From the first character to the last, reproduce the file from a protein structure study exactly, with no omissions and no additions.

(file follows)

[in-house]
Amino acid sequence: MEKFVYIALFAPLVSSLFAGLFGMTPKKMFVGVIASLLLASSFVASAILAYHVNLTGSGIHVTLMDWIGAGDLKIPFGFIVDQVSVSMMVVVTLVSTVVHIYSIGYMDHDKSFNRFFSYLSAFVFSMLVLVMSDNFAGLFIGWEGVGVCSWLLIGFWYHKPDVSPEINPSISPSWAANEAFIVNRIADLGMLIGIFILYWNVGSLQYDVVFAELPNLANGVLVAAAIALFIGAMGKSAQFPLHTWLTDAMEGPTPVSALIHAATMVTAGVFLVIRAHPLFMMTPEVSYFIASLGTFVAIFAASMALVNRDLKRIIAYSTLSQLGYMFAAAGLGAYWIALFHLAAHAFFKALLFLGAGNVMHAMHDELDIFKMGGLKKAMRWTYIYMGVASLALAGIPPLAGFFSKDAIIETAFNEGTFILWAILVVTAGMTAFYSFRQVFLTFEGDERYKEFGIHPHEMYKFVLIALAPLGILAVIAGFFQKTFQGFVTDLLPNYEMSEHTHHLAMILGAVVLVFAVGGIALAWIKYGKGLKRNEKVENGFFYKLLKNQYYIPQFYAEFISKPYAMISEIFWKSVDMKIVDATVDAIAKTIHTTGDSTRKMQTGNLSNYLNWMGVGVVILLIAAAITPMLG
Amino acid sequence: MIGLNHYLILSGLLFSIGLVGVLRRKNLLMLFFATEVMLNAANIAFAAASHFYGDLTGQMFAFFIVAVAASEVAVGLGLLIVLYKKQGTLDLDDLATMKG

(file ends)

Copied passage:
[in-house]
Amino acid sequence: MEKFVYIALFAPLVSSLFAGLFGMTPKKMFVGVIASLLLASSFVASAILAYHVNLTGSGIHVTLMDWIGAGDLKIPFGFIVDQVSVSMMVVVTLVSTVVHIYSIGYMDHDKSFNRFFSYLSAFVFSMLVLVMSDNFAGLFIGWEGVGVCSWLLIGFWYHKPDVSPEINPSISPSWAANEAFIVNRIADLGMLIGIFILYWNVGSLQYDVVFAELPNLANGVLVAAAIALFIGAMGKSAQFPLHTWLTDAMEGPTPVSALIHAATMVTAGVFLVIRAHPLFMMTPEVSYFIASLGTFVAIFAASMALVNRDLKRIIAYSTLSQLGYMFAAAGLGAYWIALFHLAAHAFFKALLFLGAGNVMHAMHDELDIFKMGGLKKAMRWTYIYMGVASLALAGIPPLAGFFSKDAIIETAFNEGTFILWAILVVTAGMTAFYSFRQVFLTFEGDERYKEFGIHPHEMYKFVLIALAPLGILAVIAGFFQKTFQGFVTDLLPNYEMSEHTHHLAMILGAVVLVFAVGGIALAWIKYGKGLKRNEKVENGFFYKLLKNQYYIPQFYAEFISKPYAMISEIFWKSVDMKIVDATVDAIAKTIHTTGDSTRKMQTGNLSNYLNWMGVGVVILLIAAAITPMLG
Amino acid sequence: MIGLNHYLILSGLLFSIGLVGVLRRKNLLMLFFATEVMLNAANIAFAAASHFYGDLTGQMFAFFIVAVAASEVAVGLGLLIVLYKKQGTLDLDDLATMKG